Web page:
(567am) Metabolic Engineering of Cyanobacteria for Biodiesel Feedstock

Ruffing, A., Sandia National Laboratories

With rising concerns of energy sustainability and climate change, metabolic engineering strategies must be applied to advance the development of second generation biofuels. Major challenges in biodiesel production include 1) maximizing the production rate to meet the high demand of current energy consumption and 2) developing low-energy and cost-effective methods for isolation and purification of the biodiesel. Photosynthetic microorganisms offer a promising solution to these challenges, while at the same time, addressing growing environmental concerns through CO2 mitigation. Algae, natural photosynthetic oil producers, are the focus of most biodiesel research efforts, and little attention has been given to other photosynthetic microorganisms, particularly cyanobacteria. Cyanobacteria do not naturally produce oil like algae; however, there are other advantages to using cyanobacteria for biodiesel feedstock production. Unlike algae, cyanobacteria have well-established methods for genetic engineering, as evidenced by the genetic engineering of cyanobacteria for the production of first generation biofuels including ethanol and butanol. Furthermore, cyanobacteria will naturally secrete free fatty acids (FFA), a biodiesel precursor, into the extracellular media, simplifying downstream product isolation. These attributes motivate the investigation of cyanobacteria as a potential source for biodiesel feedstock.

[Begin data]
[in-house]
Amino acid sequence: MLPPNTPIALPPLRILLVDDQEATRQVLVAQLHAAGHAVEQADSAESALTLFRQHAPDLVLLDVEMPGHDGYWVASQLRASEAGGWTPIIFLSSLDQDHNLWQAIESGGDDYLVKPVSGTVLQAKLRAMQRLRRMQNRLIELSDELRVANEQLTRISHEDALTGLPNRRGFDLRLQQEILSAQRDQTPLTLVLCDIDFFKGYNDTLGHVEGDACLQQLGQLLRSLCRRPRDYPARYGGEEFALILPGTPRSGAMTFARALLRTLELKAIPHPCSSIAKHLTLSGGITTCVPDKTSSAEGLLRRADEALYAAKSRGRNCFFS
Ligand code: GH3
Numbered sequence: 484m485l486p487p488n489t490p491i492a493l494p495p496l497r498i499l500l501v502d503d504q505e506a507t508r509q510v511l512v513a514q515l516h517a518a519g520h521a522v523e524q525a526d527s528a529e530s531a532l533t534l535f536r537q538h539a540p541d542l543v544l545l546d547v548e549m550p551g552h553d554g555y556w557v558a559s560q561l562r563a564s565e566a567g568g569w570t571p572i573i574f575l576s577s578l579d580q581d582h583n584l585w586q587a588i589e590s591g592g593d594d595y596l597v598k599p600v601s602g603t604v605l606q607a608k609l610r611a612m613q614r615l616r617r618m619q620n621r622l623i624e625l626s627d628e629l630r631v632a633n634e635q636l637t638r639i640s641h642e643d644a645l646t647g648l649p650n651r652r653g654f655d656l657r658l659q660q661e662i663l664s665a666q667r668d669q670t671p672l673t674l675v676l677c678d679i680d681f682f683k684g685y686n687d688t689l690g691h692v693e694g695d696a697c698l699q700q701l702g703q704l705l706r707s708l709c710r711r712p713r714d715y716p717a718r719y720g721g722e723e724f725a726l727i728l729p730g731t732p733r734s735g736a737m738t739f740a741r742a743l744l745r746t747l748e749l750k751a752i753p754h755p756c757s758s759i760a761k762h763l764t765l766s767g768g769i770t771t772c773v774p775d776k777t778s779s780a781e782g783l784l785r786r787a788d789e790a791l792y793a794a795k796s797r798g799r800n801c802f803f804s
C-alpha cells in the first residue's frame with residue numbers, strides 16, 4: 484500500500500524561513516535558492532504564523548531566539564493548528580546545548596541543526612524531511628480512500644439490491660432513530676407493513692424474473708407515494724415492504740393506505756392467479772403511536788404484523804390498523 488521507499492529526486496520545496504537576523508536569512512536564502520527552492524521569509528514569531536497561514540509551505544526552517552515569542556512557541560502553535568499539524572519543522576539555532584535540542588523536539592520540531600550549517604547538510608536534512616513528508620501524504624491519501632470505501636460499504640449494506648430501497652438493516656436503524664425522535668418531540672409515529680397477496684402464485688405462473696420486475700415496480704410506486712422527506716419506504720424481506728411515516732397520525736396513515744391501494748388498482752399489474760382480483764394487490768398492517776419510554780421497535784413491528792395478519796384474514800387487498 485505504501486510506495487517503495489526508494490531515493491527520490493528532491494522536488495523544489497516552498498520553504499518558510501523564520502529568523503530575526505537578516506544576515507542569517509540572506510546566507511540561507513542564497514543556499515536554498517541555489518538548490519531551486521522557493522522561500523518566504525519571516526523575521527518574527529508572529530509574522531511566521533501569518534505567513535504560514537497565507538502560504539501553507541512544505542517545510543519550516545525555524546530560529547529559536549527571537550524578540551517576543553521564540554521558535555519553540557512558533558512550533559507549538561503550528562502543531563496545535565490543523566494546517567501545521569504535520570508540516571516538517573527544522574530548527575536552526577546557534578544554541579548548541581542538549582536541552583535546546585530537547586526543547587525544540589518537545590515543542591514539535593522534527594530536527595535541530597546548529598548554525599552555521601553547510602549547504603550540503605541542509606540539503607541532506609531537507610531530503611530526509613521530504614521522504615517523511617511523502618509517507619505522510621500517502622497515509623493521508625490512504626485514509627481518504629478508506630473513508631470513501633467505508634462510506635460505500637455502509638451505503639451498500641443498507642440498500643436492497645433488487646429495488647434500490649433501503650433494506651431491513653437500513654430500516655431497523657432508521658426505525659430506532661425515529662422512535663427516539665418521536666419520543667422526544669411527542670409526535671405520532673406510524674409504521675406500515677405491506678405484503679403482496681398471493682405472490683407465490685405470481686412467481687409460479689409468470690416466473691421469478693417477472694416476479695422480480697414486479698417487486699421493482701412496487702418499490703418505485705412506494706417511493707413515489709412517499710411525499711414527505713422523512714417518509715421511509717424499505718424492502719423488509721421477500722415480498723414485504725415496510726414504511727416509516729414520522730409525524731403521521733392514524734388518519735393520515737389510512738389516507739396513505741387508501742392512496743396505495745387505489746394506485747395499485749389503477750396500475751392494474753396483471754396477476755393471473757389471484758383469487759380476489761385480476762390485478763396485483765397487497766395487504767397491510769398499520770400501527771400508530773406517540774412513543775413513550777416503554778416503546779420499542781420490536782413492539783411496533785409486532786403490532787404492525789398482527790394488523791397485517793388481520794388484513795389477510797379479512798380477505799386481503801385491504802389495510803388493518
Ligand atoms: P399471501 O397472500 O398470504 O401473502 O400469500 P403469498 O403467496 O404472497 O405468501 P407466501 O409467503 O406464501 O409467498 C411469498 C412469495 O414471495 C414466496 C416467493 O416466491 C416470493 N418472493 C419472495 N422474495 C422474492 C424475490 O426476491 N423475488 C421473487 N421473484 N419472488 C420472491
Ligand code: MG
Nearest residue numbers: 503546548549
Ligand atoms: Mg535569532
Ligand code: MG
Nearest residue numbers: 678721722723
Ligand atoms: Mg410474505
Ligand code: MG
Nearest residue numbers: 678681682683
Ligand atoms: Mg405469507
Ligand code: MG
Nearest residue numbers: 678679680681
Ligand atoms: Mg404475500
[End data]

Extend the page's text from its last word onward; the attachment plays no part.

In this study, the cyanobacterium Synechococcus elongatus PCC 7942 is engineered for the production of FFA. The metabolic engineering strategy involves the elimination of FFA metabolism, removal of feedback inhibition of the fatty acid synthesis pathway, improving carbon flux through the fatty acid and photosynthetic pathways, and elimination of competing pathways. The strategy is unique from other efforts involving E. coli and Synechocystis sp., in that, novel genes are cloned from the green alga, Chalmydomonas reinhardtii. As algae naturally produce high levels of fatty acid for triacylglyceride (TAG) production, the lipid-producing genes of C. reinhardtii are likely to have higher activity compared to the corresponding homologs in E. coli. While additional engineering is needed to develop a production strain, the results illustrate the potential of cyanobacteria for the production of second generation biofuels.